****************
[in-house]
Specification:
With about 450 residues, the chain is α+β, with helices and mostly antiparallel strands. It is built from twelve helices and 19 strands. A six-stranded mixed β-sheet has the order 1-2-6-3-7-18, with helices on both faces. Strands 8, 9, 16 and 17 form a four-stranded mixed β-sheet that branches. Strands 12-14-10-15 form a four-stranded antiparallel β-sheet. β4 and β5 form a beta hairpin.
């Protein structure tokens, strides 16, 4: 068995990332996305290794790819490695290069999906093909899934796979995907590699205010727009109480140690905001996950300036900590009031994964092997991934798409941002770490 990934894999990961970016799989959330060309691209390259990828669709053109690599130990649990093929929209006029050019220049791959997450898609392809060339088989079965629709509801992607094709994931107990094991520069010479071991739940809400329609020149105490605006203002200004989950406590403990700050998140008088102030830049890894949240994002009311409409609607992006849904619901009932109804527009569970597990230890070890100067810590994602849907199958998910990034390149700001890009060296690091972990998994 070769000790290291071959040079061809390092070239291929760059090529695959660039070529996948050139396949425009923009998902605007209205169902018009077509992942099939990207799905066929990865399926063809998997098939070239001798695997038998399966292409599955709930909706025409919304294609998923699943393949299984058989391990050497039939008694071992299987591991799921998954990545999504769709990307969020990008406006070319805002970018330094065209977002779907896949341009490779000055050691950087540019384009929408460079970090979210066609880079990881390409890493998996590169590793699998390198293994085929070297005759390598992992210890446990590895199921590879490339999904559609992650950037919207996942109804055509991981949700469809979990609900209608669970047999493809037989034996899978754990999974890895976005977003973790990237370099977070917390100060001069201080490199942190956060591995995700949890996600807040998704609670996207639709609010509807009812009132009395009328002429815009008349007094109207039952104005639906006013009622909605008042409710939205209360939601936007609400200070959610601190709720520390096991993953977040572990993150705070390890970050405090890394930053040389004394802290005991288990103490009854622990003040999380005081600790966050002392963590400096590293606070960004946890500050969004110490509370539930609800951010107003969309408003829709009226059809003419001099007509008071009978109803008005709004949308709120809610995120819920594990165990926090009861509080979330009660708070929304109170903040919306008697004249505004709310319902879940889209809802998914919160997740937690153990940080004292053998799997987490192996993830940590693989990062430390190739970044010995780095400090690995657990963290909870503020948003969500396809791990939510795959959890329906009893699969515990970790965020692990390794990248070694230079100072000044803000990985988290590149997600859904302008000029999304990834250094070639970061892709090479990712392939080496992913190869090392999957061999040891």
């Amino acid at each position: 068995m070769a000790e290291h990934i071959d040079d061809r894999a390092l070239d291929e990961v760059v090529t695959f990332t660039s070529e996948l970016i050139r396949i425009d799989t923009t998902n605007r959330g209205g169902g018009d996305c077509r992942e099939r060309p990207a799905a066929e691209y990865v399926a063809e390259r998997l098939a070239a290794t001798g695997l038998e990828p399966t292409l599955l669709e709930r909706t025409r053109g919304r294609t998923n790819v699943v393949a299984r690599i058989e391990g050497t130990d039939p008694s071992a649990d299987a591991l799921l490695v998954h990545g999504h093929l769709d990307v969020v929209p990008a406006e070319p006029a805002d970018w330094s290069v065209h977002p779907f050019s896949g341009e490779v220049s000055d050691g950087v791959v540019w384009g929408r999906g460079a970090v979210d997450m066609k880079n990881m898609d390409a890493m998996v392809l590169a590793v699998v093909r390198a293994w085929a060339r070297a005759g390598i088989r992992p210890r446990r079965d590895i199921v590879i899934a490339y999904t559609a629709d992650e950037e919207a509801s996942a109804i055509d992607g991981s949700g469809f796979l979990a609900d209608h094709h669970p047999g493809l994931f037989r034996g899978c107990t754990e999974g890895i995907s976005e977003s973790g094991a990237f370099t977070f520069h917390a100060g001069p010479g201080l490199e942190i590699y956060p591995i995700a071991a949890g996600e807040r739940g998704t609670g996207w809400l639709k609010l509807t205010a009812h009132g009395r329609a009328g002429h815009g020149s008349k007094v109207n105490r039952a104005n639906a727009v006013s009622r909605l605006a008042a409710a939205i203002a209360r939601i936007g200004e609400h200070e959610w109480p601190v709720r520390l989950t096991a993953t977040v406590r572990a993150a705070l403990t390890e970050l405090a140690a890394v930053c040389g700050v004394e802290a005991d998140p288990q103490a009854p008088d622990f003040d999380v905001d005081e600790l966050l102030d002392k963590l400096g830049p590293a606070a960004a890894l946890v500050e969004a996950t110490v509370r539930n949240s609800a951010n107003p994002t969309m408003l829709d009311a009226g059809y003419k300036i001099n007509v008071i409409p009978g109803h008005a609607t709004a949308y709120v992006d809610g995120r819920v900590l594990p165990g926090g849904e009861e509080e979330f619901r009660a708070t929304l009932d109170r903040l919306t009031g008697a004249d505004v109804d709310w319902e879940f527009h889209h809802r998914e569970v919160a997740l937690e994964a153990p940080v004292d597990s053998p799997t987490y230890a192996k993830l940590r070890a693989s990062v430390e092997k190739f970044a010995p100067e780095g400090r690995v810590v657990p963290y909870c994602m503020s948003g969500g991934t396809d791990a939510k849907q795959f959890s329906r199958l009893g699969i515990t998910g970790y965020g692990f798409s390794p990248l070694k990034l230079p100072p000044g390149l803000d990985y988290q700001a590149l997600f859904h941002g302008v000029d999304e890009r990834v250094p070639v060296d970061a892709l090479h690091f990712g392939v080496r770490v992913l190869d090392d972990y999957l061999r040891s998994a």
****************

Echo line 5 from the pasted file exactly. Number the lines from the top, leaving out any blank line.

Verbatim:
């Amino acid at each position: 068995m070769a000790e290291h990934i071959d040079d061809r894999a390092l070239d291929e990961v760059v090529t695959f990332t660039s070529e996948l970016i050139r396949i425009d799989t923009t998902n605007r959330g209205g169902g018009d996305c077509r992942e099939r060309p990207a799905a066929e691209y990865v399926a063809e390259r998997l098939a070239a290794t001798g695997l038998e990828p399966t292409l599955l669709e709930r909706t025409r053109g919304r294609t998923n790819v699943v393949a299984r690599i058989e391990g050497t130990d039939p008694s071992a649990d299987a591991l799921l490695v998954h990545g999504h093929l769709d990307v969020v929209p990008a406006e070319p006029a805002d970018w330094s290069v065209h977002p779907f050019s896949g341009e490779v220049s000055d050691g950087v791959v540019w384009g929408r999906g460079a970090v979210d997450m066609k880079n990881m898609d390409a890493m998996v392809l590169a590793v699998v093909r390198a293994w085929a060339r070297a005759g390598i088989r992992p210890r446990r079965d590895i199921v590879i899934a490339y999904t559609a629709d992650e950037e919207a509801s996942a109804i055509d992607g991981s949700g469809f796979l979990a609900d209608h094709h669970p047999g493809l994931f037989r034996g899978c107990t754990e999974g890895i995907s976005e977003s973790g094991a990237f370099t977070f520069h917390a100060g001069p010479g201080l490199e942190i590699y956060p591995i995700a071991a949890g996600e807040r739940g998704t609670g996207w809400l639709k609010l509807t205010a009812h009132g009395r329609a009328g002429h815009g020149s008349k007094v109207n105490r039952a104005n639906a727009v006013s009622r909605l605006a008042a409710a939205i203002a209360r939601i936007g200004e609400h200070e959610w109480p601190v709720r520390l989950t096991a993953t977040v406590r572990a993150a705070l403990t390890e970050l405090a140690a890394v930053c040389g700050v004394e802290a005991d998140p288990q103490a009854p008088d622990f003040d999380v905001d005081e600790l966050l102030d002392k963590l400096g830049p590293a606070a960004a890894l946890v500050e969004a996950t110490v509370r539930n949240s609800a951010n107003p994002t969309m408003l829709d009311a009226g059809y003419k300036i001099n007509v008071i409409p009978g109803h008005a609607t709004a949308y709120v992006d809610g995120r819920v900590l594990p165990g926090g849904e009861e509080e979330f619901r009660a708070t929304l009932d109170r903040l919306t009031g008697a004249d505004v109804d709310w319902e879940f527009h889209h809802r998914e569970v919160a997740l937690e994964a153990p940080v004292d597990s053998p799997t987490y230890a192996k993830l940590r070890a693989s990062v430390e092997k190739f970044a010995p100067e780095g400090r690995v810590v657990p963290y909870c994602m503020s948003g969500g991934t396809d791990a939510k849907q795959f959890s329906r199958l009893g699969i515990t998910g970790y965020g692990f798409s390794p990248l070694k990034l230079p100072p000044g390149l803000d990985y988290q700001a590149l997600f859904h941002g302008v000029d999304e890009r990834v250094p070639v060296d970061a892709l090479h690091f990712g392939v080496r770490v992913l190869d090392d972990y999957l061999r040891s998994a």